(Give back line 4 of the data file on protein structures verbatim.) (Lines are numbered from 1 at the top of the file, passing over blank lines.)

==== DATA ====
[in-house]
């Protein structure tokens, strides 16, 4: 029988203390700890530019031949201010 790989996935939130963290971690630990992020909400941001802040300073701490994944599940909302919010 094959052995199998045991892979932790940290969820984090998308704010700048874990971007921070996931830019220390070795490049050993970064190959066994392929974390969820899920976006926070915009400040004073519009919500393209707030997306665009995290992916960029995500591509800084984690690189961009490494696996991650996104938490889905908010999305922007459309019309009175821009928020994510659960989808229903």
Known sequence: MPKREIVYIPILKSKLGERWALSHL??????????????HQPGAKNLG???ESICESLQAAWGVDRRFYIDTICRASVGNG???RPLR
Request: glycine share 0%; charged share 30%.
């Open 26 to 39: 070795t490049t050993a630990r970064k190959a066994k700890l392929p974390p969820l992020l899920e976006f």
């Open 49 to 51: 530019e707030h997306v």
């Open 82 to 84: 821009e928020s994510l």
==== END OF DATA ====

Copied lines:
Request: glycine share 0%; charged share 30%.